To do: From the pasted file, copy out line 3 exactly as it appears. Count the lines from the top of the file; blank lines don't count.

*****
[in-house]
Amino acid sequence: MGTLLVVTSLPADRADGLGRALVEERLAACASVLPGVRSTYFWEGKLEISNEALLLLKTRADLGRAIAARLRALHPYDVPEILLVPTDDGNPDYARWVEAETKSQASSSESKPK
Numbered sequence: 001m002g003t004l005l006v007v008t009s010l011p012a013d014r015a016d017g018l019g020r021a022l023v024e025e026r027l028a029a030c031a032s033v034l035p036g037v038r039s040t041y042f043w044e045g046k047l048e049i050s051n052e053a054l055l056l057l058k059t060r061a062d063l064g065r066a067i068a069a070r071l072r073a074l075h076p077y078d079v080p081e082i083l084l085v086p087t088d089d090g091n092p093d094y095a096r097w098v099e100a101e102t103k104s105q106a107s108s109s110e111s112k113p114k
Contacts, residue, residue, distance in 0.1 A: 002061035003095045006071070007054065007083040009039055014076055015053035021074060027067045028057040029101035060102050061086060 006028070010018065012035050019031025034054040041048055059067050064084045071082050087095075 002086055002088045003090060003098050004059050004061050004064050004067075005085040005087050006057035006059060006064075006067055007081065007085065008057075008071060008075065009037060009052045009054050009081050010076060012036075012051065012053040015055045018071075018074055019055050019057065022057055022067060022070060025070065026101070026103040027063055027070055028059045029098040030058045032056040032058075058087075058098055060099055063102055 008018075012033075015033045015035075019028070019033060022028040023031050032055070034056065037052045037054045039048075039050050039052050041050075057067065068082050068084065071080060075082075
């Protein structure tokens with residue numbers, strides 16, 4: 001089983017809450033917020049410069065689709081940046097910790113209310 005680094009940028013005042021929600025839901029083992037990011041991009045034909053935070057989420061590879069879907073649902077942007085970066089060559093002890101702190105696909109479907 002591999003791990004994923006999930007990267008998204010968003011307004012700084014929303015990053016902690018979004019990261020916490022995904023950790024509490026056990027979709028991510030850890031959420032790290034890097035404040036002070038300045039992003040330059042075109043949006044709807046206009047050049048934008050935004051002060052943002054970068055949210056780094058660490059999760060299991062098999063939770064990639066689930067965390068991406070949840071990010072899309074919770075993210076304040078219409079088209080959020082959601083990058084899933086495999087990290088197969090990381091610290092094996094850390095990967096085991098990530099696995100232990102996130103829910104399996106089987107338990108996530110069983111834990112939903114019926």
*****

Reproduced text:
Numbered sequence: 001m002g003t004l005l006v007v008t009s010l011p012a013d014r015a016d017g018l019g020r021a022l023v024e025e026r027l028a029a030c031a032s033v034l035p036g037v038r039s040t041y042f043w044e045g046k047l048e049i050s051n052e053a054l055l056l057l058k059t060r061a062d063l064g065r066a067i068a069a070r071l072r073a074l075h076p077y078d079v080p081e082i083l084l085v086p087t088d089d090g091n092p093d094y095a096r097w098v099e100a101e102t103k104s105q106a107s108s109s110e111s112k113p114k